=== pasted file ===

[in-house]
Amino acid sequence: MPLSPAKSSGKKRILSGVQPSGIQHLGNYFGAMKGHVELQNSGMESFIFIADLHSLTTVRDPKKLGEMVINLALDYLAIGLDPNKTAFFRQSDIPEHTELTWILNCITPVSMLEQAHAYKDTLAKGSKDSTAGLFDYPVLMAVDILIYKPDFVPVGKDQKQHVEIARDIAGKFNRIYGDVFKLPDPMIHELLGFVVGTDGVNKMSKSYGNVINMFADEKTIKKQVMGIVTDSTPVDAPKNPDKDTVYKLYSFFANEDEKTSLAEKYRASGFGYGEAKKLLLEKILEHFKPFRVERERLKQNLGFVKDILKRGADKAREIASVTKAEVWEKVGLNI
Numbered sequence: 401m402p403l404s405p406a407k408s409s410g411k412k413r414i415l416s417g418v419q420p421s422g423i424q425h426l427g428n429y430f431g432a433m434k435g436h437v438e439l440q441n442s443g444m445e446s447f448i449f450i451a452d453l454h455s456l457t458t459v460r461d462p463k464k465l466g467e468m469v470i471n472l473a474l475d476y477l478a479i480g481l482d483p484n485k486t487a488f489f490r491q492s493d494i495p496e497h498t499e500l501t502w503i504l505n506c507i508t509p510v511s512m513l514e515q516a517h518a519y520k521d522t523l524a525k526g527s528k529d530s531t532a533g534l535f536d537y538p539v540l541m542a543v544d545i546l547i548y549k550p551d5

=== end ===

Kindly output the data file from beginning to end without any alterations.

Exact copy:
[in-house]
Amino acid sequence: MPLSPAKSSGKKRILSGVQPSGIQHLGNYFGAMKGHVELQNSGMESFIFIADLHSLTTVRDPKKLGEMVINLALDYLAIGLDPNKTAFFRQSDIPEHTELTWILNCITPVSMLEQAHAYKDTLAKGSKDSTAGLFDYPVLMAVDILIYKPDFVPVGKDQKQHVEIARDIAGKFNRIYGDVFKLPDPMIHELLGFVVGTDGVNKMSKSYGNVINMFADEKTIKKQVMGIVTDSTPVDAPKNPDKDTVYKLYSFFANEDEKTSLAEKYRASGFGYGEAKKLLLEKILEHFKPFRVERERLKQNLGFVKDILKRGADKAREIASVTKAEVWEKVGLNI
Numbered sequence: 401m402p403l404s405p406a407k408s409s410g411k412k413r414i415l416s417g418v419q420p421s422g423i424q425h426l427g428n429y430f431g432a433m434k435g436h437v438e439l440q441n442s443g444m445e446s447f448i449f450i451a452d453l454h455s456l457t458t459v460r461d462p463k464k465l466g467e468m469v470i471n472l473a474l475d476y477l478a479i480g481l482d483p484n485k486t487a488f489f490r491q492s493d494i495p496e497h498t499e500l501t502w503i504l505n506c507i508t509p510v511s512m513l514e515q516a517h518a519y520k521d522t523l524a525k526g527s528k529d530s531t532a533g534l535f536d537y538p539v540l541m542a543v544d545i546l547i548y549k550p551d5